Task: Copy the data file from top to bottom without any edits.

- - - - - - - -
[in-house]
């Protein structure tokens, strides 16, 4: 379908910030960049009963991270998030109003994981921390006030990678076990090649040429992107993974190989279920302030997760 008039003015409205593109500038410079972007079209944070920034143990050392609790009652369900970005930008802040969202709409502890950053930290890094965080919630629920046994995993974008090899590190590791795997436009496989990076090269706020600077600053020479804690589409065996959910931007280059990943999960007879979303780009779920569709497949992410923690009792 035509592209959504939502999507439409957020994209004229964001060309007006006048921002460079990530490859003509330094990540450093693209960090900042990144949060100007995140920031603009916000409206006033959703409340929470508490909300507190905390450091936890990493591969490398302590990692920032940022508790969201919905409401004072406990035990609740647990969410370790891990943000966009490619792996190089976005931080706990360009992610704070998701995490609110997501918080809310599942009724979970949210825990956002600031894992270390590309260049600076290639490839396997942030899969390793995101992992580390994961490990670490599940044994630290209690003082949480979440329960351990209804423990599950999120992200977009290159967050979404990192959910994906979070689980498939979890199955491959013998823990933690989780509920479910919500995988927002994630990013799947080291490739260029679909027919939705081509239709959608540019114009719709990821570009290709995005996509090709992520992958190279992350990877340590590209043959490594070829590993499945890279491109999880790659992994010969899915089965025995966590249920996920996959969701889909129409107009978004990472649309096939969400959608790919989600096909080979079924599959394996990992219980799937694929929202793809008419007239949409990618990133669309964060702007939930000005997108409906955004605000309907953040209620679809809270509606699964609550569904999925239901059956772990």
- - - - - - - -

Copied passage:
[in-house]
């Protein structure tokens, strides 16, 4: 379908910030960049009963991270998030109003994981921390006030990678076990090649040429992107993974190989279920302030997760 008039003015409205593109500038410079972007079209944070920034143990050392609790009652369900970005930008802040969202709409502890950053930290890094965080919630629920046994995993974008090899590190590791795997436009496989990076090269706020600077600053020479804690589409065996959910931007280059990943999960007879979303780009779920569709497949992410923690009792 035509592209959504939502999507439409957020994209004229964001060309007006006048921002460079990530490859003509330094990540450093693209960090900042990144949060100007995140920031603009916000409206006033959703409340929470508490909300507190905390450091936890990493591969490398302590990692920032940022508790969201919905409401004072406990035990609740647990969410370790891990943000966009490619792996190089976005931080706990360009992610704070998701995490609110997501918080809310599942009724979970949210825990956002600031894992270390590309260049600076290639490839396997942030899969390793995101992992580390994961490990670490599940044994630290209690003082949480979440329960351990209804423990599950999120992200977009290159967050979404990192959910994906979070689980498939979890199955491959013998823990933690989780509920479910919500995988927002994630990013799947080291490739260029679909027919939705081509239709959608540019114009719709990821570009290709995005996509090709992520992958190279992350990877340590590209043959490594070829590993499945890279491109999880790659992994010969899915089965025995966590249920996920996959969701889909129409107009978004990472649309096939969400959608790919989600096909080979079924599959394996990992219980799937694929929202793809008419007239949409990618990133669309964060702007939930000005997108409906955004605000309907953040209620679809809270509606699964609550569904999925239901059956772990």